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Originally Posted by jb78L-82 View Post
Adam,

Don't you find it really odd that a blueprint 383 with a flat tappet cam makes 420 Gross HP/450 Gross TQ with a very low lift cam .480/.486 inch and the blueprint 383 with a roller cam with much more lift:

Cam Type: Roller
.528 Intake .536 Exhaust
221 Intake / 226 Exhaust duration
@.050 - 110 degree lobe separation

makes only 10 more gross HP and the same torque with a roller cam? Seems like something is not right on the specs or their heads are just at max flow with sub .500 lift cams and the bigger roller cam is not worth much more with the limitations of the heads? My 355 with roller cam and AFR heads is making the same numbers as the blueprint 383 so the heads must be the limiting factor on the 383.
The HP difference I don't find that surprising because the roller cam has 8 degrees less @ 0.050" so it's HP peak is at a lower RPM than the flat tappet motor AND still has 10 HP more. (If it was a roller cam with 229 / 230 @ 0.50" duration and was an apples to apples comparison then the HP would be more confusing) -Normally I'd model them both, but with the critical cam specs missing it's all guess work and I just don't have enough experience to trust my guesses too much.

The max torque being the same is a little strange, but the diff in lift between the two engines isn't that big of a difference especially when it looks like the air flow isn't much different between the two lifts on those heads.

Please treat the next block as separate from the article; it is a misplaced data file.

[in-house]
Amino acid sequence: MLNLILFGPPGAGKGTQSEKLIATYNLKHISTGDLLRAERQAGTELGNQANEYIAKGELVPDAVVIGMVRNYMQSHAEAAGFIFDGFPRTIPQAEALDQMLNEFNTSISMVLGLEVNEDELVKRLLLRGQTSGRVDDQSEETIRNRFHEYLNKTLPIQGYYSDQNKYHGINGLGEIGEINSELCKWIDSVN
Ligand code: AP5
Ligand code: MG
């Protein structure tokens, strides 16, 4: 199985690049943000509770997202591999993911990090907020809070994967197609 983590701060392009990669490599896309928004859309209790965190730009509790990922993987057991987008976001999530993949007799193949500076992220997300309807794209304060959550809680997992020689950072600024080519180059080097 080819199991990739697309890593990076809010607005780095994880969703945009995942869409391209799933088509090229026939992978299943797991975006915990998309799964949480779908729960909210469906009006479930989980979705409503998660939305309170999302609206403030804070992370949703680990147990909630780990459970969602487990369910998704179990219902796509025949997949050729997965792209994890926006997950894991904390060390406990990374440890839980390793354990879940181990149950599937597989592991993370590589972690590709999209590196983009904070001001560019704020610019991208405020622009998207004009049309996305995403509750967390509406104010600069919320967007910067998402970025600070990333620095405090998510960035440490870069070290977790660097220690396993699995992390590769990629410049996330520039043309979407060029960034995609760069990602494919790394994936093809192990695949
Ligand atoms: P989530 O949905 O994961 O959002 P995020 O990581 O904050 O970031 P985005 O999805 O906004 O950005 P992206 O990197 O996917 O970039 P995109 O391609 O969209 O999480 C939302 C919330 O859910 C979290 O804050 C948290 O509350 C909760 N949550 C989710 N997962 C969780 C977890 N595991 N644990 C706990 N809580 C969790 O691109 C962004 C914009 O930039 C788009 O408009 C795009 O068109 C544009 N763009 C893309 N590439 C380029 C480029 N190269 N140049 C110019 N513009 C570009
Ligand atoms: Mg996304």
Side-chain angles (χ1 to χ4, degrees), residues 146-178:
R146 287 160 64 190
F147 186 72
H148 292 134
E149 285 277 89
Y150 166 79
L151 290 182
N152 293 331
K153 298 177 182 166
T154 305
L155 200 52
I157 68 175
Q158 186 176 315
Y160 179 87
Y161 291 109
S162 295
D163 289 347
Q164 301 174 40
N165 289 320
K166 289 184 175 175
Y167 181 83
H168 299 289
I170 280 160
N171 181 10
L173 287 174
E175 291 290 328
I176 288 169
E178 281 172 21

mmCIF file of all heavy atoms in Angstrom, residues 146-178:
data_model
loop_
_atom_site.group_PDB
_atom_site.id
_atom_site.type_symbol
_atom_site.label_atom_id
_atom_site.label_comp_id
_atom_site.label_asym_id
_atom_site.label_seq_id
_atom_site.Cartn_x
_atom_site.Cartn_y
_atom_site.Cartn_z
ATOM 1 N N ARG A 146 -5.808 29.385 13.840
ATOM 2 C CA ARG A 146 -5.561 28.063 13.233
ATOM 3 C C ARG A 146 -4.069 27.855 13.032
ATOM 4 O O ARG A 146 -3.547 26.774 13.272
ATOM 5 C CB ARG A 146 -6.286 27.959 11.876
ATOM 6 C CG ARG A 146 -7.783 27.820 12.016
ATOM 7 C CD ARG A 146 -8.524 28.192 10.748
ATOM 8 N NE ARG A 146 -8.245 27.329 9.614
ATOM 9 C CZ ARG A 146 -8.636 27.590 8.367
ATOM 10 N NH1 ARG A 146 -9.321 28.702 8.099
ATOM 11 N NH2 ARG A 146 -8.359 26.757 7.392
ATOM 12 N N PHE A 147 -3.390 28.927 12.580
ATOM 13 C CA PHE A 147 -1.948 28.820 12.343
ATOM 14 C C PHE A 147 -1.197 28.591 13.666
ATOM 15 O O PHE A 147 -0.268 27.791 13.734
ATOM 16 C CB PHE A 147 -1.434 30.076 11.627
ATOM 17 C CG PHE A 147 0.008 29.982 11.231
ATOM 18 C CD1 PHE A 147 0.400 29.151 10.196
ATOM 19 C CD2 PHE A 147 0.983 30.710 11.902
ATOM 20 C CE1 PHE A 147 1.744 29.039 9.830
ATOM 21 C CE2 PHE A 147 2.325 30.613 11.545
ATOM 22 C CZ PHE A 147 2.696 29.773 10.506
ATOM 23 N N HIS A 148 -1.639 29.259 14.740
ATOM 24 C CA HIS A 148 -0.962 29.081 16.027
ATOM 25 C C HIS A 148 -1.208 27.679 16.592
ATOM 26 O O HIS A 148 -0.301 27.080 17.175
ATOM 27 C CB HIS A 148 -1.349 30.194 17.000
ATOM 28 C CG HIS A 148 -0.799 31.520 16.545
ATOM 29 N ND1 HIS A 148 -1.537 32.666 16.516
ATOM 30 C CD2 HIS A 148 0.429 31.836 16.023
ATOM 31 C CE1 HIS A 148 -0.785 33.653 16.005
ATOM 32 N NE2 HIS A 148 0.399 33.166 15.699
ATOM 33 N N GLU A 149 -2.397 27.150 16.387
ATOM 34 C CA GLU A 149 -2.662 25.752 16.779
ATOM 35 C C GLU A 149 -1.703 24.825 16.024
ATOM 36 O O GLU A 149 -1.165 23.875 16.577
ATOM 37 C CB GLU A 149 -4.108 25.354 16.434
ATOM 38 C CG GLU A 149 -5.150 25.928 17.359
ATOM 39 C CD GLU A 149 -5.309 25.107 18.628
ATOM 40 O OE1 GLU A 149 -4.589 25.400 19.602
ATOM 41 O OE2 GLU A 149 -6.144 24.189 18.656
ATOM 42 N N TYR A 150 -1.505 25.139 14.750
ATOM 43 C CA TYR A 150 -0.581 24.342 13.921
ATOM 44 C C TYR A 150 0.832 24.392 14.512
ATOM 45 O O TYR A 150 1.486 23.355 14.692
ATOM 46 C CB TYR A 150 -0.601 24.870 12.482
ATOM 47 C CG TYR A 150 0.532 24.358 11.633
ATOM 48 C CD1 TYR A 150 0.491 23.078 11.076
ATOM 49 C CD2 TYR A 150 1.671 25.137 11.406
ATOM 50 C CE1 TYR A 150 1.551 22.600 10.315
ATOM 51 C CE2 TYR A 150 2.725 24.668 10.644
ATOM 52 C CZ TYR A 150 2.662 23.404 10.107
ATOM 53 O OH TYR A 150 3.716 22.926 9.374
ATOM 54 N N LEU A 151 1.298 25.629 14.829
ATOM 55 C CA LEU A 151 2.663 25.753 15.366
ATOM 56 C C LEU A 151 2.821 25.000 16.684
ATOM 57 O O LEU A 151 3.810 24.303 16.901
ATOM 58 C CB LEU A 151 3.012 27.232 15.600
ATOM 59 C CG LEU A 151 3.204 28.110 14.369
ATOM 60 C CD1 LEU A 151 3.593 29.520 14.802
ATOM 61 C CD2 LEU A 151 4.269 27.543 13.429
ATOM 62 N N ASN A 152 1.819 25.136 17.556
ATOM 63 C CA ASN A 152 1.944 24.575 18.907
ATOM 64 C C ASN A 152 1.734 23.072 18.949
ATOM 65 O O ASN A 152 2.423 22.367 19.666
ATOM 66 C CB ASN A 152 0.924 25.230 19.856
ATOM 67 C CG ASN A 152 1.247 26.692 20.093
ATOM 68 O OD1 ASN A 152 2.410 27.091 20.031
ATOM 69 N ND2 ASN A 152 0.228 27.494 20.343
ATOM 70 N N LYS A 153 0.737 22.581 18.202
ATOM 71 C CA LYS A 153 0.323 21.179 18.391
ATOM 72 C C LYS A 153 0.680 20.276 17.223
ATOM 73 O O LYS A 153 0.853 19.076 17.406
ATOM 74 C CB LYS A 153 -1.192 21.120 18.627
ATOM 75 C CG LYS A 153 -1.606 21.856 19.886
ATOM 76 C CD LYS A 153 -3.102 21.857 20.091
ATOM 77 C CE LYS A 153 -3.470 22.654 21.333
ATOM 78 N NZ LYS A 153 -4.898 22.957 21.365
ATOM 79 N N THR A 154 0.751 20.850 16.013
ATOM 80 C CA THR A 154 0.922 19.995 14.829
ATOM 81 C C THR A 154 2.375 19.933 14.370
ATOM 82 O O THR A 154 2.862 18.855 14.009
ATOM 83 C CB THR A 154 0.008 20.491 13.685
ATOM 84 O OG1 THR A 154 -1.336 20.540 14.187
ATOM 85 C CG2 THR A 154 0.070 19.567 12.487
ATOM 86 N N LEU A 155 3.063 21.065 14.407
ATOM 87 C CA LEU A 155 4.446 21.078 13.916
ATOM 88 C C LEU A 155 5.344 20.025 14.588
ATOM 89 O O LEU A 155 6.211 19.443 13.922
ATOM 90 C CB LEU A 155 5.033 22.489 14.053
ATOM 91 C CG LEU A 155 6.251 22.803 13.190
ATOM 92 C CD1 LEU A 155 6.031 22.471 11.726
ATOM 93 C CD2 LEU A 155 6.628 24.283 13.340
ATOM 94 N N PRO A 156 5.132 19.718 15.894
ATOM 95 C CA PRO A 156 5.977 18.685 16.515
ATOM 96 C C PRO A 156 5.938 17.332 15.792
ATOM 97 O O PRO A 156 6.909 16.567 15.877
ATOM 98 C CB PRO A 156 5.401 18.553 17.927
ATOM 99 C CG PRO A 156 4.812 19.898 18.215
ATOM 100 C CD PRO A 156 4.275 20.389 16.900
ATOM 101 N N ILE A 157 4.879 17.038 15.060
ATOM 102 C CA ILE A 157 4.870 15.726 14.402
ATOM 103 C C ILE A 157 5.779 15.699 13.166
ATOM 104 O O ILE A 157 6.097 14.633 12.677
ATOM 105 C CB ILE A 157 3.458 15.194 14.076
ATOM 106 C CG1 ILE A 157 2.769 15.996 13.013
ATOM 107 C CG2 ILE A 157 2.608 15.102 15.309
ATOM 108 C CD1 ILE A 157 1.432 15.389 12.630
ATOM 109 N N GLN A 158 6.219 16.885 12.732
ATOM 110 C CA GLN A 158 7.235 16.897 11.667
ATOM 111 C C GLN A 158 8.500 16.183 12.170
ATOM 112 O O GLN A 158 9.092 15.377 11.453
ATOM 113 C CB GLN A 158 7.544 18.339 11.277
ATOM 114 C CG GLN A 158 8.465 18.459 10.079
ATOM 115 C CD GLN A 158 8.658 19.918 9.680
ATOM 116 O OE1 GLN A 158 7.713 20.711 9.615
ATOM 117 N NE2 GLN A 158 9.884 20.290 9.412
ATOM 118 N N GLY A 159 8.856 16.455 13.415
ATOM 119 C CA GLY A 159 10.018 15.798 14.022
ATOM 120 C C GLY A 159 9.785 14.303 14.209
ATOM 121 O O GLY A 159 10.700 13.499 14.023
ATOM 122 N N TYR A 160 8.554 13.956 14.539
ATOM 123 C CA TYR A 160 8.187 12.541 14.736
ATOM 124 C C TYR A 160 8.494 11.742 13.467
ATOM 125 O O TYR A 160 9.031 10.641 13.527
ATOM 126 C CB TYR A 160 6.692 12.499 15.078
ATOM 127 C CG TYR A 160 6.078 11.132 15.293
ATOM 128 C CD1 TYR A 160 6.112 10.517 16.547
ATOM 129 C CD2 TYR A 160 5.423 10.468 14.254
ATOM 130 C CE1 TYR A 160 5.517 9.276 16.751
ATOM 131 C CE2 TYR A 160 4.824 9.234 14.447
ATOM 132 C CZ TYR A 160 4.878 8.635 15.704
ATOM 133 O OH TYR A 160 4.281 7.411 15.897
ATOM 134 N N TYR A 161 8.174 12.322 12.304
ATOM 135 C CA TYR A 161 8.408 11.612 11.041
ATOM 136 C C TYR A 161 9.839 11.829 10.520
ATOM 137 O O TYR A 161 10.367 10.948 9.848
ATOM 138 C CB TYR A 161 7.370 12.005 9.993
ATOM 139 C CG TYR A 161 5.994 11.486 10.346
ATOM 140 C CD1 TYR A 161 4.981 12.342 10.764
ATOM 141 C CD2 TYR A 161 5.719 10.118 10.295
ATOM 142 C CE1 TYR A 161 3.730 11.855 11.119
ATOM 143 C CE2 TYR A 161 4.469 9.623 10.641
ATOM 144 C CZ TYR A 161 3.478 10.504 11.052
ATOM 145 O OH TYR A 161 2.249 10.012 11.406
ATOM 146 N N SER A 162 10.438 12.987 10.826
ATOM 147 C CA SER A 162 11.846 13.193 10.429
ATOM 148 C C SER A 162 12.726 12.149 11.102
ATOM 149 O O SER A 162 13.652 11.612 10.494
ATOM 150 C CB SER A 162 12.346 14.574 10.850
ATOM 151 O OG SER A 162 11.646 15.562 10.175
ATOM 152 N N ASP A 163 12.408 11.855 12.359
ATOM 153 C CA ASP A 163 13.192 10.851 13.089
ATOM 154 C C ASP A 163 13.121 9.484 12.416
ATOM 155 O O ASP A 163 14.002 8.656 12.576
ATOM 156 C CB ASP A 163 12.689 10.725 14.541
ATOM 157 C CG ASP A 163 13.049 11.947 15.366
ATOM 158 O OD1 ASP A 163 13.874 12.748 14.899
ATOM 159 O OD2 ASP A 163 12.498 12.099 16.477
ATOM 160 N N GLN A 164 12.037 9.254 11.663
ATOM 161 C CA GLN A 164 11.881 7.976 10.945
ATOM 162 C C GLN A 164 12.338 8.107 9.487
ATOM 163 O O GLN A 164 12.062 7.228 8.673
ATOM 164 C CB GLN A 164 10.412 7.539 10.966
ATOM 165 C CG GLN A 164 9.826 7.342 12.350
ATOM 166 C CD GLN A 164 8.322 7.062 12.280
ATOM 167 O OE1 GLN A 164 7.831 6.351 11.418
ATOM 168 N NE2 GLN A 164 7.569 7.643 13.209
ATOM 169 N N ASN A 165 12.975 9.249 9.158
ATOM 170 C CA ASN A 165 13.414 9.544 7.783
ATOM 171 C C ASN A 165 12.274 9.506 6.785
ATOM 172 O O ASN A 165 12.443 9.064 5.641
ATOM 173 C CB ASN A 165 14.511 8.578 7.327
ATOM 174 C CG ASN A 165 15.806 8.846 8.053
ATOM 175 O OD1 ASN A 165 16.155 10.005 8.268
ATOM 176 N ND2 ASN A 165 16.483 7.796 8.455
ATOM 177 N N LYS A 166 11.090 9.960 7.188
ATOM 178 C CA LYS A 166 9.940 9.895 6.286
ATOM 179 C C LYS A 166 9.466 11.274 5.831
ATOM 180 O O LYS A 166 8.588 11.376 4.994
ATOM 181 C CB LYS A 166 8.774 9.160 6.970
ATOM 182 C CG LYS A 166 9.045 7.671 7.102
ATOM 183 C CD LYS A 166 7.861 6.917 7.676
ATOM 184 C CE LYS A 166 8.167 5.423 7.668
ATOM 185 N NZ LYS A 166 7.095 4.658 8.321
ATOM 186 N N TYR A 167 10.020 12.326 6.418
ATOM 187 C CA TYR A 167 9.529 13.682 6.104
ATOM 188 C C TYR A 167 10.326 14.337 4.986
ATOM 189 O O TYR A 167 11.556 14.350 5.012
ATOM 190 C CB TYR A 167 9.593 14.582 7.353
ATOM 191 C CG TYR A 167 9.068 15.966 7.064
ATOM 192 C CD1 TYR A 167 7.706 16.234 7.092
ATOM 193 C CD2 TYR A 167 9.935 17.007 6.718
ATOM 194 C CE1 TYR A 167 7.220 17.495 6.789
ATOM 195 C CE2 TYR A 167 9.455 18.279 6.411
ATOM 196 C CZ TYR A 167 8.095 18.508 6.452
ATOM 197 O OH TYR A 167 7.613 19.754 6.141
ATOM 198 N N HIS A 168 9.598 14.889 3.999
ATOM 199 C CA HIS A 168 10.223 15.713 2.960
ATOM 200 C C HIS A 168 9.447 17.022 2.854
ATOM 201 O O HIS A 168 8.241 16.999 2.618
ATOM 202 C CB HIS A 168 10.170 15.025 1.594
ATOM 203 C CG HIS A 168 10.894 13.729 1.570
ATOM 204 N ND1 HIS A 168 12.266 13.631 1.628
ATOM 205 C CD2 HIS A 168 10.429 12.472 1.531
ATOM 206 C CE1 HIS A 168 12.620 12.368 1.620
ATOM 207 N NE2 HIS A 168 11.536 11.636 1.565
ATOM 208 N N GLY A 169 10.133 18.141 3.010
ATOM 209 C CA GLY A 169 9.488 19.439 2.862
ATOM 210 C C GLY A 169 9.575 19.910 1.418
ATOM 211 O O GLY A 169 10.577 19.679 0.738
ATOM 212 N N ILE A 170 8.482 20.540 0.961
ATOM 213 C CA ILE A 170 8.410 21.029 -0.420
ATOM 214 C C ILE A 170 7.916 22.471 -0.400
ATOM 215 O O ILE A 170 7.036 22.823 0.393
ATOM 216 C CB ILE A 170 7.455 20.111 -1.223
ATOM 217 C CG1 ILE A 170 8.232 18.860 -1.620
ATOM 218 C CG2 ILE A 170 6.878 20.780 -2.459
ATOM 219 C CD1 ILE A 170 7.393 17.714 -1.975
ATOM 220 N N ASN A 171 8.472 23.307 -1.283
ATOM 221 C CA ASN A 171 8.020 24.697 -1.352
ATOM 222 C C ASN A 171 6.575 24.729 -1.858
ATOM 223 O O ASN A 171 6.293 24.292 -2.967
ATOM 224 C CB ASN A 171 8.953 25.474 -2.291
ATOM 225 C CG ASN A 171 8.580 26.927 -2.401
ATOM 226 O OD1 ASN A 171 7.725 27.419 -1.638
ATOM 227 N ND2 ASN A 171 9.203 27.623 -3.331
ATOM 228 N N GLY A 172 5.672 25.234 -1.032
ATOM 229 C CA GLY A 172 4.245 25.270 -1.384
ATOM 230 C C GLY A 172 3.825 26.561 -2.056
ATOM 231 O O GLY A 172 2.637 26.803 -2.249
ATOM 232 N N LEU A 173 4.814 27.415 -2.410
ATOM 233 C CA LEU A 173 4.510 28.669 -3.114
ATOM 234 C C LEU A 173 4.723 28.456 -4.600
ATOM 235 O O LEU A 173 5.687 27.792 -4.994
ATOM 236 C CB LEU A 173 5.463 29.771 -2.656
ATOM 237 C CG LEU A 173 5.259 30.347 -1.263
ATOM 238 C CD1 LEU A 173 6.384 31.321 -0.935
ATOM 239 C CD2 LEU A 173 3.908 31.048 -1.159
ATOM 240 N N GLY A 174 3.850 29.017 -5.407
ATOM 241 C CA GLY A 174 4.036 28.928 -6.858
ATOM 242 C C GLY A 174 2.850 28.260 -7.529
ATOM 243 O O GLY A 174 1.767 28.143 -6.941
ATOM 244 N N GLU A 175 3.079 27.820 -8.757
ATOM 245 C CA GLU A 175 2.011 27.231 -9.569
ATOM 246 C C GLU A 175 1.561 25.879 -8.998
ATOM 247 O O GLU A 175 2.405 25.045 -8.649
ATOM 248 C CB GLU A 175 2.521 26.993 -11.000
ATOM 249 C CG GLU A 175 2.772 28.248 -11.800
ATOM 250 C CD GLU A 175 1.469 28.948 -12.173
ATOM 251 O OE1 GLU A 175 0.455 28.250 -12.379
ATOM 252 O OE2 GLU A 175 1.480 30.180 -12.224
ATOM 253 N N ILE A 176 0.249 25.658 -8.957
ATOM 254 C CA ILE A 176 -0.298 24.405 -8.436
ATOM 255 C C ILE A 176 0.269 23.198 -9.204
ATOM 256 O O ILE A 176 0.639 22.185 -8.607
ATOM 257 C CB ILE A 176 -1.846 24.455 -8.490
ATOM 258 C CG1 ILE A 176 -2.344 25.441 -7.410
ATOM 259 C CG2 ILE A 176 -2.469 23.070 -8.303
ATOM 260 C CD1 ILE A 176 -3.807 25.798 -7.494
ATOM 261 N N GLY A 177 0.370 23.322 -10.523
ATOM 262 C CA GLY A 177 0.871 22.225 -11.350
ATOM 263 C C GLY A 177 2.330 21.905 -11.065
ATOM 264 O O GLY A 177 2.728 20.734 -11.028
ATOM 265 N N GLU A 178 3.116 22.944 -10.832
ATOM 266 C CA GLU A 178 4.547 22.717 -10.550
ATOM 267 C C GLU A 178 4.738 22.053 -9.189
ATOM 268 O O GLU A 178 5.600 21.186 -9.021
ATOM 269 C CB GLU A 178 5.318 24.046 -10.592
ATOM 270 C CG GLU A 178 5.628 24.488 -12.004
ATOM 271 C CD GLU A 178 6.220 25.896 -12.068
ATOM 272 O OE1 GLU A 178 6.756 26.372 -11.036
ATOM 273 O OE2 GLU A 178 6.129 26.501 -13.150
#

-I would be ABSOLUTELY shocked if the low RPM torque were close to one another, though. (The roller cam should have a smaller advertised / seat-to-seat duration and therefore have a higher dynamic compression ratio and a better bottom-end.) I was shocked that they recommended the same TC Stall for both engines (I would've expected the roller cam to have a 500 RPM lower TC rating)

BluePrint provides dyno sheets for each motor, though so I doubt them fudging the #'s would be a good idea...
I'd love to see the dyno comparison between the two if anyone's got them...


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Old 03-15-2019, 09:19 PM
  #47  
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Originally Posted by John Swift View Post
My engine is Hydraulic Flat Tappet!
Correct but you don’t have to stay hydraulic. This is an old article but it gives you the jist of what it would take to convert a non roller motor to a roller motor. Not gonna get into the pros and cons of roller vs flat tappet (that’s literally an entirely different out of control thread) but you shouldn’t rule out an option based on the fact of what you “currently” have unless budget or something else is the driving force. If you want something pretty agressive duration and lift wise I would definitely look into a conversion. http://www.superchevy.com/how-to/148...ic-roller-cam/